Pop singers and actors can be reliably counted on to engage in voluminous virtue signaling around Pride Month. One can almost imagine directives going out telling celebrities to promote the LGBTQ ideology.
No surprise then that, for example, Taylor Swift did what she did at a concert recently: Her concerts, she proclaimed, are “a celebratory space” for those “living authentically and beautifully.” She of course also included a straightforward partisan attack on those who are concerned with the moral meltdown of our public institutions. She advised the mostly young girls and women in her audience that they should consider making the following questions central to their decisions about voting: “Are they advocates? Are they allies? Are they protectors of equality? Do I want to vote for them?”
But is Pride Month about “protecting equality”? And what exactly does one advocate in championing pride?
For a very large number of people on the planet, pride isn’t something to celebrate. For those of serious religious belief around the world in many different faith traditions, pride is a part of the human condition that must be effectively combatted and mastered in order to make spiritual advance. Pride means exaggerated self-esteem and satisfaction with oneself, the belief that one is an object of unique importance and perfection that should be recognized and celebrated by others.
As elaborated by Pope Gregory the Great and later by St. Thomas Aquinas, pride or vainglory is among the seven deadly sins, which separate the individual from God and contribute to a multitude of other vices. The central message of Christianity—communicated when God Himself took on mortal form and willingly accepted death by crucifixion—is not pride but humility.
Augustine’s Confessions, one of the most searing documents of a Christian’s journey to the faith, speaks of humility as a core Christian value. And in his letters, Augustine wrote of Christ the physician, working to heal us of the illness of pride: “In that way the first part is humility; the second, humility; the third, humility: and this I would continue to repeat as often as you might ask direction.” The message is omnipresent in Christian scripture: “Whoever exalts himself will be humbled, and whoever humbles himself will be exalted.”
Much more recently, Josemaría Escrivá made the point in still more dramatic language:
If you really knew yourself, you would rejoice at being despised, and your heart would weep in the face of honors and praise. …
Pride? Why? Before long (maybe years, maybe days) you’ll be a heap of rotting flesh, worms, foul-smelling fluids, your shroud in filthy shreds…and no one on earth will remember you.
Of course, many critics of Christianity caricature Christians and their concern with pride as morally out of step with the world or as being too consumed with something that healthy people do not feel.
These critics show in this that they do not know much about religious history since the critiques of pride extend well beyond Christianity.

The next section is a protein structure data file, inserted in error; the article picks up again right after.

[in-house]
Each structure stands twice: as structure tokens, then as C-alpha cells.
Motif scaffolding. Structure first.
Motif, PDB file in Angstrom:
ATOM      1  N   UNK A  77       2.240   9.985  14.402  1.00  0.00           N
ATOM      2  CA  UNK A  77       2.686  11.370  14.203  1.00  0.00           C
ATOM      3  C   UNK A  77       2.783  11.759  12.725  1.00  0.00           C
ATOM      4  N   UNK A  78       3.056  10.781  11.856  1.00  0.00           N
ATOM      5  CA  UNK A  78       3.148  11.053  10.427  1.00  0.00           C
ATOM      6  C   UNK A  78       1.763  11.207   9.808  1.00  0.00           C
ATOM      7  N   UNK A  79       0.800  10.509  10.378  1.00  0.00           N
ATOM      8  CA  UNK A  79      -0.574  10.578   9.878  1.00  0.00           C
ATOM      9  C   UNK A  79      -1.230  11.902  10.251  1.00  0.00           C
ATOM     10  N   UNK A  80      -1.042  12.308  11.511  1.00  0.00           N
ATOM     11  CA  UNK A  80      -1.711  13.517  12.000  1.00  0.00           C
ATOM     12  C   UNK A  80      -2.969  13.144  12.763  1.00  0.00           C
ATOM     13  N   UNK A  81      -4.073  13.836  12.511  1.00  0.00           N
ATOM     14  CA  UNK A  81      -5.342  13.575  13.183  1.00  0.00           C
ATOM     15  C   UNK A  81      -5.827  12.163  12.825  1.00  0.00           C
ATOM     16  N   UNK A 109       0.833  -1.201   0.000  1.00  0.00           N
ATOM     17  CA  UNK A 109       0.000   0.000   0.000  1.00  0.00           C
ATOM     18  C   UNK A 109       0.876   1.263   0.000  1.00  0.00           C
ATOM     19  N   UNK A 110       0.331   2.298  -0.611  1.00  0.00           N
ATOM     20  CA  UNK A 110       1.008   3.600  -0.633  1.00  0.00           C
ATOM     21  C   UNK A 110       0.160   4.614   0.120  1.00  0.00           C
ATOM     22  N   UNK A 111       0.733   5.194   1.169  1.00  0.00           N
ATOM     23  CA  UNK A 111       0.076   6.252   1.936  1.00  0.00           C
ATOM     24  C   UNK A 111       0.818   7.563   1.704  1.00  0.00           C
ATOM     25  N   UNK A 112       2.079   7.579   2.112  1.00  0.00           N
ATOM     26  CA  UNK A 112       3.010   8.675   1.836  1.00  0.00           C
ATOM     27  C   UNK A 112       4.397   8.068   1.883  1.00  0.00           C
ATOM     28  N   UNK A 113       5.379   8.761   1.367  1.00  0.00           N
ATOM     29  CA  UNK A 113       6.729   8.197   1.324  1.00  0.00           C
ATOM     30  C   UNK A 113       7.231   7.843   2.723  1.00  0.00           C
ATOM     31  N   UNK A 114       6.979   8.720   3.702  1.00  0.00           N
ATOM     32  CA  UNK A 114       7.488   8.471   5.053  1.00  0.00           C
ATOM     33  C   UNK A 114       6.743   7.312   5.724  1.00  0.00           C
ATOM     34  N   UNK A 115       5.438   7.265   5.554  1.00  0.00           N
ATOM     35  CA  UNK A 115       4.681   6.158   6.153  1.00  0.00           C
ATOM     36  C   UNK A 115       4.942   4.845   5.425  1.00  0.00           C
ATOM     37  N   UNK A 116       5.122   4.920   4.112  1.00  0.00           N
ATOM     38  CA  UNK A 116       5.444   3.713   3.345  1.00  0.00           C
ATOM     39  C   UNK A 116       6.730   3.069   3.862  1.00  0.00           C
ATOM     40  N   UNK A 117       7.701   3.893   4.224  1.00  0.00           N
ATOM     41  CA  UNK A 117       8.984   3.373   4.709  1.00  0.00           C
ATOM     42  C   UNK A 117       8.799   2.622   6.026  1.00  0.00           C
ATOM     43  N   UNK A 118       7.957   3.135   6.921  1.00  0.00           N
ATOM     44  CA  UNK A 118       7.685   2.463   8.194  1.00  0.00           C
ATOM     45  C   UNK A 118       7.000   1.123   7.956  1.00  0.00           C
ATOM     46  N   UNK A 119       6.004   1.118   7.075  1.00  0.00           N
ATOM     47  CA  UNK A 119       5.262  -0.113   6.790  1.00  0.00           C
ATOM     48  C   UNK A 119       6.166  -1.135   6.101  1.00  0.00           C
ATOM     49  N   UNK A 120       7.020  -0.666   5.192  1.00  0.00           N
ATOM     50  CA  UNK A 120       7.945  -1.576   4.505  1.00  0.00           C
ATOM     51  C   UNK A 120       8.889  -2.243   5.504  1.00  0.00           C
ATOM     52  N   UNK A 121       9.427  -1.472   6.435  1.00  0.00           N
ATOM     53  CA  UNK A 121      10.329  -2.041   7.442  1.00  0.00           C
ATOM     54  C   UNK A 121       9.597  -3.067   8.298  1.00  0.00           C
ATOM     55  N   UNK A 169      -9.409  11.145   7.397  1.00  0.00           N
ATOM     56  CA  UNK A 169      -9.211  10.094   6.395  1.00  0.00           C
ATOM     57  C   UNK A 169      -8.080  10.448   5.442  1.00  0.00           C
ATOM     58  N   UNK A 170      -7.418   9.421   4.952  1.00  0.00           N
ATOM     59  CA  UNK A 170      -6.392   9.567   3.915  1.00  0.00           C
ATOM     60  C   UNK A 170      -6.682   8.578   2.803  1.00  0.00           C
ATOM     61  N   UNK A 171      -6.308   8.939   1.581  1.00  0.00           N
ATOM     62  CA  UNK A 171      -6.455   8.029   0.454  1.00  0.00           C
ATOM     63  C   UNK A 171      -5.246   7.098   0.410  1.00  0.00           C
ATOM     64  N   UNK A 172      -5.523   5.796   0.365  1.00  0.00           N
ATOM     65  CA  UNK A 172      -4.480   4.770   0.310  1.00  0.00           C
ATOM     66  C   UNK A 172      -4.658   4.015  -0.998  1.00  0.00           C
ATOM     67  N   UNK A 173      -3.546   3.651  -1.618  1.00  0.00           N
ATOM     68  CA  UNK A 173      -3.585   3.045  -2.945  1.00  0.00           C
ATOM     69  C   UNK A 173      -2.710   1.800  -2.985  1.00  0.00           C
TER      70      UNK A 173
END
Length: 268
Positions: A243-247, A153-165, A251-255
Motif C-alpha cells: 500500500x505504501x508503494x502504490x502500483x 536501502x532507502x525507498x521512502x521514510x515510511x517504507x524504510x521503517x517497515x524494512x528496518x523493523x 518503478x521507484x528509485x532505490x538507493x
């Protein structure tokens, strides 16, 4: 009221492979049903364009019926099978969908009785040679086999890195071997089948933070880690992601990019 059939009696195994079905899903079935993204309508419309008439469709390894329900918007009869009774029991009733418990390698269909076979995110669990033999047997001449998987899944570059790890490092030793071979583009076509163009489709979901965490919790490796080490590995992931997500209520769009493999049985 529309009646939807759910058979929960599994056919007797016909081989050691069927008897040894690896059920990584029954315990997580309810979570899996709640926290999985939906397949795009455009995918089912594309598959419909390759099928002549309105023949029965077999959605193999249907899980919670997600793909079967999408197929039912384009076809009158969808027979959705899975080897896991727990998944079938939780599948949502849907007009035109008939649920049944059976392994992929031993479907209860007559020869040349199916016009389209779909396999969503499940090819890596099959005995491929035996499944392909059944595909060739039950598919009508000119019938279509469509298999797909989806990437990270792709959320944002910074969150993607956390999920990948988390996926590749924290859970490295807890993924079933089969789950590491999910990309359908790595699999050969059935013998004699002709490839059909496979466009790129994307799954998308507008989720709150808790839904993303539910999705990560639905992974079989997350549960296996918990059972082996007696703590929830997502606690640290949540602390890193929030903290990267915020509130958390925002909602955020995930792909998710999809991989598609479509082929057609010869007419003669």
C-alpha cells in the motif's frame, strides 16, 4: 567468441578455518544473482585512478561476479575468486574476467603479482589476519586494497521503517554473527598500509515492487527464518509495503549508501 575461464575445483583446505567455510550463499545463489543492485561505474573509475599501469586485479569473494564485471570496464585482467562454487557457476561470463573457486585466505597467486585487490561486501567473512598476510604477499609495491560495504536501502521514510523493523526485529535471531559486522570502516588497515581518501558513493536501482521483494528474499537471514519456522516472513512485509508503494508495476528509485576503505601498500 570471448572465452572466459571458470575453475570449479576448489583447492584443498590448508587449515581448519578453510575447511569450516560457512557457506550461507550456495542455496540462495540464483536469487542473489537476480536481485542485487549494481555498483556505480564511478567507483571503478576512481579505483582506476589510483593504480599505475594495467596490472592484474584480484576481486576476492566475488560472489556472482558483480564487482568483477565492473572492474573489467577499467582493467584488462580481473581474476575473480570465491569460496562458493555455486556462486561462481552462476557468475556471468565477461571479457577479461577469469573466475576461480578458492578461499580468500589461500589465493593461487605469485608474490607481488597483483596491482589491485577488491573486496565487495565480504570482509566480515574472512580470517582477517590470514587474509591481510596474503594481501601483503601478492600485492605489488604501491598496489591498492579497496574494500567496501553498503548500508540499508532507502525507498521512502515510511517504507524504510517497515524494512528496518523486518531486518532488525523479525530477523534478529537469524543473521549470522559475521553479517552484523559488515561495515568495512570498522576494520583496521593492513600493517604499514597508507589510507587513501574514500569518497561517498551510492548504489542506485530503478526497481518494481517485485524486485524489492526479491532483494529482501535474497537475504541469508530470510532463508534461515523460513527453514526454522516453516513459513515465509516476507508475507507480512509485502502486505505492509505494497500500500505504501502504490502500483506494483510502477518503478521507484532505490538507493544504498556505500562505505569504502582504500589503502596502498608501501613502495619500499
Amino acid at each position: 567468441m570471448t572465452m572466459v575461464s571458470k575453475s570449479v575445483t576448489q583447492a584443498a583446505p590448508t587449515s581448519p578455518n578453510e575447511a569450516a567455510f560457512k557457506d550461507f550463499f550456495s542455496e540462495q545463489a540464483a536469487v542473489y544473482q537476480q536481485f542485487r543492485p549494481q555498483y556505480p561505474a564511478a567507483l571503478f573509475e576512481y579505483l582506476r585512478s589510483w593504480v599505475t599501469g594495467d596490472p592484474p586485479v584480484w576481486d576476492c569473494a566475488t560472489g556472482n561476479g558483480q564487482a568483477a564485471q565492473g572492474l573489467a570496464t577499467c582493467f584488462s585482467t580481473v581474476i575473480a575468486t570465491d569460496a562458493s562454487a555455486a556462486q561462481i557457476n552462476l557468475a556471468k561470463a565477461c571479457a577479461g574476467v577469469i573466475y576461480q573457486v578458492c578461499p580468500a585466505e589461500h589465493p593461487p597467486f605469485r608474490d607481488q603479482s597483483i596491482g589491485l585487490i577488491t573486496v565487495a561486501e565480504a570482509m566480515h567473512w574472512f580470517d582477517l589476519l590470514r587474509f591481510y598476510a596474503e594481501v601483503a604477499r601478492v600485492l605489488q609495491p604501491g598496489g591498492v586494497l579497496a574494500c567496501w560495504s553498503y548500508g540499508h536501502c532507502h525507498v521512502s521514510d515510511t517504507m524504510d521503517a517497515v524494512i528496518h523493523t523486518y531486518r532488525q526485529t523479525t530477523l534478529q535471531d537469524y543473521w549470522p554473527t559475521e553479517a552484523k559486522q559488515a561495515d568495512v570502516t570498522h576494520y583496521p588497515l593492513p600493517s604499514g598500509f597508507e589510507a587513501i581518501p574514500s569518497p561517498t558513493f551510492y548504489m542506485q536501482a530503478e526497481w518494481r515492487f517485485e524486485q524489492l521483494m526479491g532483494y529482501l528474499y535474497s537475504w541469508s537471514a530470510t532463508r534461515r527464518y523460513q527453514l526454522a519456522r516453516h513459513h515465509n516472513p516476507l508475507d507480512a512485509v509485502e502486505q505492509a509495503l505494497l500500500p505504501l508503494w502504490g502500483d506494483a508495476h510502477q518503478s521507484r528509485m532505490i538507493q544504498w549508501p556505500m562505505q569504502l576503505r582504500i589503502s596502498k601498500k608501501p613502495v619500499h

The ancient Greeks understood hubris in a comparable way. It was the excessive, arrogant pride that would lead one to devalue traditional authority and rules of conduct set forth by higher powers. The Greeks understood that hubris typically would lead to catastrophe for the sufferer.
And Islam—one of the two biggest modern monotheisms (with Christianity being the other), which between them count nearly half the world’s population—also preaches submission and humility before God as a basic moral requirement for the faithful. The very term Islam means submission, and one finds the instruction to humility throughout the Qur’an. Take, for example, Al-Furqan 25:63: “The true servants of the Most Compassionate [Allah] are those who walk on the earth humbly, and when the foolish address them improperly, they only respond with peace.”
And it’s not just the Christians and the Muslims. Buddhist monks are called to a mendicant life, in which they must humbly beg for their food and other necessities. One of the four major vows they take is a prohibition against prideful claims about their spiritual attainment and degree of enlightenment.
A month celebrating pride is thus directly contrary to much of the world’s religious tradition, both historic and modern. Is it any wonder that there might be questions raised about it by the religious—and especially about its endless celebration and promotion by those in our elite strata?
These people might do well to reflect on what these religious traditions teach about pride and humility. They might also look around American society and culture and honestly ask themselves: Do Americans, of whatever identity, really need more pride than they already have?
In a culture filled to the brim with individuals who ceaselessly and narcissistically promote themselves, particularly given omnipresent social media, is more pride really the needed thing? The evidence of ever-growing rates of mental health problems in younger generations, Americans on medication, unhappiness with the direction of the country, substance abuse, and suicide would seem to indicate that all the pride is not serving us well.
Perhaps what we need is a Humility Month.